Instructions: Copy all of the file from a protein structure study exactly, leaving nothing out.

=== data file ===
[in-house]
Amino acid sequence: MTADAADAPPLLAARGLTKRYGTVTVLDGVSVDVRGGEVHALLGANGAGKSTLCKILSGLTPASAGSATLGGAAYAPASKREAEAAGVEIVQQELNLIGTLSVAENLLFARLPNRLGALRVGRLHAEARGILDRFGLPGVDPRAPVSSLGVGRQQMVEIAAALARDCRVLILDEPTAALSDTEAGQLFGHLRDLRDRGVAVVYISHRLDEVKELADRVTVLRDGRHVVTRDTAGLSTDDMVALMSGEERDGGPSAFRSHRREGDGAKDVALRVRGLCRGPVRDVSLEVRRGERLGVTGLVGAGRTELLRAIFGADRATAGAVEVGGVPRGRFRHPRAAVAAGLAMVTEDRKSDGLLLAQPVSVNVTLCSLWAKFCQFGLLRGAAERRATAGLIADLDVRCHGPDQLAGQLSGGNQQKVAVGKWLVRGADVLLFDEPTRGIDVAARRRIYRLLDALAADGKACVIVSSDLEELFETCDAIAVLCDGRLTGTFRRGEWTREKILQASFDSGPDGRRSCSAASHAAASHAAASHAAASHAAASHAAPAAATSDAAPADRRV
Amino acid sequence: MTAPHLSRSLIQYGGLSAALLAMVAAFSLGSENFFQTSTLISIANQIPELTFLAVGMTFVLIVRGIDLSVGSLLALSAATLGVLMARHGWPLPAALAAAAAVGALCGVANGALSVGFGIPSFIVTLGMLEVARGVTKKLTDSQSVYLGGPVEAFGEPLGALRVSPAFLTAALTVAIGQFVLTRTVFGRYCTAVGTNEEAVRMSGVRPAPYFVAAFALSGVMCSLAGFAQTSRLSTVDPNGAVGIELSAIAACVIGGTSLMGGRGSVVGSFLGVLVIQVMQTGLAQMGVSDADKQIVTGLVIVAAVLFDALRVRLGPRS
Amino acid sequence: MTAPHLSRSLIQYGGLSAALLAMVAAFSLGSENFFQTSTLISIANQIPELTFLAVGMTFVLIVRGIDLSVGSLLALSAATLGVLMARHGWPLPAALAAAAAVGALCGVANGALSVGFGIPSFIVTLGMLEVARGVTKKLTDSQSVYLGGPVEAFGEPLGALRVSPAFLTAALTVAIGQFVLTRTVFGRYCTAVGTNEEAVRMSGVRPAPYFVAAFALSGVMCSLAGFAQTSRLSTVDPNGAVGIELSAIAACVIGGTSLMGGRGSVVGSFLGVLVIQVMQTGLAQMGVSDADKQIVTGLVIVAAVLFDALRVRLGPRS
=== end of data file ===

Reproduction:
[in-house]
Amino acid sequence: MTADAADAPPLLAARGLTKRYGTVTVLDGVSVDVRGGEVHALLGANGAGKSTLCKILSGLTPASAGSATLGGAAYAPASKREAEAAGVEIVQQELNLIGTLSVAENLLFARLPNRLGALRVGRLHAEARGILDRFGLPGVDPRAPVSSLGVGRQQMVEIAAALARDCRVLILDEPTAALSDTEAGQLFGHLRDLRDRGVAVVYISHRLDEVKELADRVTVLRDGRHVVTRDTAGLSTDDMVALMSGEERDGGPSAFRSHRREGDGAKDVALRVRGLCRGPVRDVSLEVRRGERLGVTGLVGAGRTELLRAIFGADRATAGAVEVGGVPRGRFRHPRAAVAAGLAMVTEDRKSDGLLLAQPVSVNVTLCSLWAKFCQFGLLRGAAERRATAGLIADLDVRCHGPDQLAGQLSGGNQQKVAVGKWLVRGADVLLFDEPTRGIDVAARRRIYRLLDALAADGKACVIVSSDLEELFETCDAIAVLCDGRLTGTFRRGEWTREKILQASFDSGPDGRRSCSAASHAAASHAAASHAAASHAAASHAAPAAATSDAAPADRRV
Amino acid sequence: MTAPHLSRSLIQYGGLSAALLAMVAAFSLGSENFFQTSTLISIANQIPELTFLAVGMTFVLIVRGIDLSVGSLLALSAATLGVLMARHGWPLPAALAAAAAVGALCGVANGALSVGFGIPSFIVTLGMLEVARGVTKKLTDSQSVYLGGPVEAFGEPLGALRVSPAFLTAALTVAIGQFVLTRTVFGRYCTAVGTNEEAVRMSGVRPAPYFVAAFALSGVMCSLAGFAQTSRLSTVDPNGAVGIELSAIAACVIGGTSLMGGRGSVVGSFLGVLVIQVMQTGLAQMGVSDADKQIVTGLVIVAAVLFDALRVRLGPRS
Amino acid sequence: MTAPHLSRSLIQYGGLSAALLAMVAAFSLGSENFFQTSTLISIANQIPELTFLAVGMTFVLIVRGIDLSVGSLLALSAATLGVLMARHGWPLPAALAAAAAVGALCGVANGALSVGFGIPSFIVTLGMLEVARGVTKKLTDSQSVYLGGPVEAFGEPLGALRVSPAFLTAALTVAIGQFVLTRTVFGRYCTAVGTNEEAVRMSGVRPAPYFVAAFALSGVMCSLAGFAQTSRLSTVDPNGAVGIELSAIAACVIGGTSLMGGRGSVVGSFLGVLVIQVMQTGLAQMGVSDADKQIVTGLVIVAAVLFDALRVRLGPRS